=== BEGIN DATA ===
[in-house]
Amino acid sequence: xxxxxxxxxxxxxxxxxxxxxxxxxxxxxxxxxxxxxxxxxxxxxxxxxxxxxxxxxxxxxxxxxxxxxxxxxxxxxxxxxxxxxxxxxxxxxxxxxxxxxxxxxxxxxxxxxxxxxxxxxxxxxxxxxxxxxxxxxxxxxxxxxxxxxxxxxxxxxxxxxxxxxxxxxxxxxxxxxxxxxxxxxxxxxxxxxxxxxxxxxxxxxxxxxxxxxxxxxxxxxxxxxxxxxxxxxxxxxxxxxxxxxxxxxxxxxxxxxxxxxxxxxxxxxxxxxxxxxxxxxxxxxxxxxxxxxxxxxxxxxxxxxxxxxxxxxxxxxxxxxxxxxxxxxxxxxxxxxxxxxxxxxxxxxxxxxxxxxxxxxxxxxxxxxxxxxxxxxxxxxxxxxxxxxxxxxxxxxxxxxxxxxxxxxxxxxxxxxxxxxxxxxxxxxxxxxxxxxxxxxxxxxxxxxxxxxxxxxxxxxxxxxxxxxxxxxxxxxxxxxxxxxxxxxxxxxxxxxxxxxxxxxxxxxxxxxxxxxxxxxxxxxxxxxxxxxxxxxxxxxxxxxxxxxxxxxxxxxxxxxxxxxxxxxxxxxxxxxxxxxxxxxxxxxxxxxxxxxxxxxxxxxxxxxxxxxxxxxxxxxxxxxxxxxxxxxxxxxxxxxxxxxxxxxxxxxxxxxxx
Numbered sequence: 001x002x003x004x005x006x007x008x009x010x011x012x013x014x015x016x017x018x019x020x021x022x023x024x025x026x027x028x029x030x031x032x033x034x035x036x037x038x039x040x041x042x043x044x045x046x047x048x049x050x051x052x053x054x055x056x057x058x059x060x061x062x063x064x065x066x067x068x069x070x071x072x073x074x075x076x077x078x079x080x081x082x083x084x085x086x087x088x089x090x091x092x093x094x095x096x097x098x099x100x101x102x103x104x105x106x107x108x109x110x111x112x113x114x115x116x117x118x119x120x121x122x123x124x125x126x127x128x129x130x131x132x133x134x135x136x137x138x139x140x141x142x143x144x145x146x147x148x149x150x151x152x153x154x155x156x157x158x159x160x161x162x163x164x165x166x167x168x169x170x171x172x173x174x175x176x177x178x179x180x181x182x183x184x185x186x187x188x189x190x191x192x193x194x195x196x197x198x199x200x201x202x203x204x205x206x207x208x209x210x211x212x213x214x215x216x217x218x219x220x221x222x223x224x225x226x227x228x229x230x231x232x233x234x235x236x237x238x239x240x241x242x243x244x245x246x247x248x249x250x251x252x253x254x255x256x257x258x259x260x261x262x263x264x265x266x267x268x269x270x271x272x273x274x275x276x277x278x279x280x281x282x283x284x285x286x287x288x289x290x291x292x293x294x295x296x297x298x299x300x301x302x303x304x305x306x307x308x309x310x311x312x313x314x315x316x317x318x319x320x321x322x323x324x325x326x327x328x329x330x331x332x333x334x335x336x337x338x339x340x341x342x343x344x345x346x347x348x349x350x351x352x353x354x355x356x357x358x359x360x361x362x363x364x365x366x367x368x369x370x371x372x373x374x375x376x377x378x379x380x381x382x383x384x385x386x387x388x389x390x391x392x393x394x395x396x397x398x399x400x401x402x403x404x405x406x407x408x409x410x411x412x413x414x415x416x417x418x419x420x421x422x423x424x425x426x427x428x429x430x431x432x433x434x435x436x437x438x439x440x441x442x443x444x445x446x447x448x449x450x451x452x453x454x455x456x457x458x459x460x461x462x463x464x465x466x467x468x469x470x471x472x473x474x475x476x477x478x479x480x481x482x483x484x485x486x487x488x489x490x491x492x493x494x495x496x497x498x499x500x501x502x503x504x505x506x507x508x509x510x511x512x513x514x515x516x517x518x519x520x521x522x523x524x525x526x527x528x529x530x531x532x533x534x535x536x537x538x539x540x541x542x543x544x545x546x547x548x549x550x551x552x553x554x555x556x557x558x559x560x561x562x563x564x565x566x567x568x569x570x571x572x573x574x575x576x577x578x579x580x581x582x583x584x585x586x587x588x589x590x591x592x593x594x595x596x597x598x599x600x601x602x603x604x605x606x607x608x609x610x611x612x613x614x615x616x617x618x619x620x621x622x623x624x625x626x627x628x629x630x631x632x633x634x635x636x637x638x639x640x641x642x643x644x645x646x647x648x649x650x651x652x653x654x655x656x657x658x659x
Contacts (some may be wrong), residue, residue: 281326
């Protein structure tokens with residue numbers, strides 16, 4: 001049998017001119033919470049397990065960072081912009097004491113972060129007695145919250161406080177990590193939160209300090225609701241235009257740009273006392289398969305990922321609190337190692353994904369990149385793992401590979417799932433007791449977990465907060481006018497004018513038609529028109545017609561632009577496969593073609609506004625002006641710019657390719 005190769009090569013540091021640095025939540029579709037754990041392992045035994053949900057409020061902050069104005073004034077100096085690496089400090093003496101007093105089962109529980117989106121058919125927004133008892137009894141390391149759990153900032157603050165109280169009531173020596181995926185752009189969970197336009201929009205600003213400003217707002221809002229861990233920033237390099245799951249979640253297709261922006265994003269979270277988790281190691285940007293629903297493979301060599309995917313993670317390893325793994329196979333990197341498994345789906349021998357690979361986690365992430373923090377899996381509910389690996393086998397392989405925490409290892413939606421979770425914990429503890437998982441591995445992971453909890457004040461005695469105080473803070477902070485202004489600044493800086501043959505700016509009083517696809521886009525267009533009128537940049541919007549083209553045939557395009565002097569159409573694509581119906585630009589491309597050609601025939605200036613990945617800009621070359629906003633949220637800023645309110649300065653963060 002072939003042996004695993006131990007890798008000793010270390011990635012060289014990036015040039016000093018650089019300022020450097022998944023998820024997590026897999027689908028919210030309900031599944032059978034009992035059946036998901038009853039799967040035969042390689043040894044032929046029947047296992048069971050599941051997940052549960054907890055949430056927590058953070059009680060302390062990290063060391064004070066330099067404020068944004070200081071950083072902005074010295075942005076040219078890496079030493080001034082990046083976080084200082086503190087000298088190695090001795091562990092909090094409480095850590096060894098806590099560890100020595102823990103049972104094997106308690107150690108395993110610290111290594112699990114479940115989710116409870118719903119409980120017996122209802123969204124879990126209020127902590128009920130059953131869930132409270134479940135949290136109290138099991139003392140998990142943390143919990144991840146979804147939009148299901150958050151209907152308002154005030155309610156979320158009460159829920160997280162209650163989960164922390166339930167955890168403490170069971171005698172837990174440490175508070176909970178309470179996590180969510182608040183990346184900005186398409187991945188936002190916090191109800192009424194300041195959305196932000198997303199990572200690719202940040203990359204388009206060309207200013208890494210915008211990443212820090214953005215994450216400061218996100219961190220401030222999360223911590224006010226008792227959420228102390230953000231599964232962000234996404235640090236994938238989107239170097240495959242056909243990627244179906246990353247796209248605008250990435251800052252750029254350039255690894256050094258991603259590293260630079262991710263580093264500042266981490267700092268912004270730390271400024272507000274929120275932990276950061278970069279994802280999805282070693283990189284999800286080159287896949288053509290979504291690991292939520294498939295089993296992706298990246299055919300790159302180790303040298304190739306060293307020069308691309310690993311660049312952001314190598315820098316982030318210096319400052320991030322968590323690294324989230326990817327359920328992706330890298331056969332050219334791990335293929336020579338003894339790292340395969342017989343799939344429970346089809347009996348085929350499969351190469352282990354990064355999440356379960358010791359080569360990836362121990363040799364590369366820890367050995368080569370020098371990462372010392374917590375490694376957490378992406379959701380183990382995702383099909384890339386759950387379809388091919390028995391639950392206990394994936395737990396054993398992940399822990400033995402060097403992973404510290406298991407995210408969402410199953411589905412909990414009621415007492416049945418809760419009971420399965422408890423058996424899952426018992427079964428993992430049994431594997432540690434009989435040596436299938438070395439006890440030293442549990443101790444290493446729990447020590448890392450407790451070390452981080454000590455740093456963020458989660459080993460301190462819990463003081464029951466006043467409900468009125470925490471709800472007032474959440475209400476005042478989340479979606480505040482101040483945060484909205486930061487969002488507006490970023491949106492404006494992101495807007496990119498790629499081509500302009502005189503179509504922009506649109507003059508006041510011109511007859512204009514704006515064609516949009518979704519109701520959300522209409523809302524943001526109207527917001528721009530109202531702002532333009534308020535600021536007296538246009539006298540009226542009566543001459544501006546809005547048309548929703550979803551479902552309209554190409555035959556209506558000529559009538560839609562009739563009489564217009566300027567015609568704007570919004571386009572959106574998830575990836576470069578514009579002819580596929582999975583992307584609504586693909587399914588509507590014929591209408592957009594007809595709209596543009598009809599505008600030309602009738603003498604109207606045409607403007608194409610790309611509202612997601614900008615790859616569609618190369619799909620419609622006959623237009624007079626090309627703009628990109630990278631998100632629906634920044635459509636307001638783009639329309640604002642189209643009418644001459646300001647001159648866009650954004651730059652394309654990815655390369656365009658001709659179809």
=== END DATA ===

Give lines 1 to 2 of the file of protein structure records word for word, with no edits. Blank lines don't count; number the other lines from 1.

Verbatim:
[in-house]
Amino acid sequence: xxxxxxxxxxxxxxxxxxxxxxxxxxxxxxxxxxxxxxxxxxxxxxxxxxxxxxxxxxxxxxxxxxxxxxxxxxxxxxxxxxxxxxxxxxxxxxxxxxxxxxxxxxxxxxxxxxxxxxxxxxxxxxxxxxxxxxxxxxxxxxxxxxxxxxxxxxxxxxxxxxxxxxxxxxxxxxxxxxxxxxxxxxxxxxxxxxxxxxxxxxxxxxxxxxxxxxxxxxxxxxxxxxxxxxxxxxxxxxxxxxxxxxxxxxxxxxxxxxxxxxxxxxxxxxxxxxxxxxxxxxxxxxxxxxxxxxxxxxxxxxxxxxxxxxxxxxxxxxxxxxxxxxxxxxxxxxxxxxxxxxxxxxxxxxxxxxxxxxxxxxxxxxxxxxxxxxxxxxxxxxxxxxxxxxxxxxxxxxxxxxxxxxxxxxxxxxxxxxxxxxxxxxxxxxxxxxxxxxxxxxxxxxxxxxxxxxxxxxxxxxxxxxxxxxxxxxxxxxxxxxxxxxxxxxxxxxxxxxxxxxxxxxxxxxxxxxxxxxxxxxxxxxxxxxxxxxxxxxxxxxxxxxxxxxxxxxxxxxxxxxxxxxxxxxxxxxxxxxxxxxxxxxxxxxxxxxxxxxxxxxxxxxxxxxxxxxxxxxxxxxxxxxxxxxxxxxxxxxxxxxxxxxxxxxxxxxxxxxx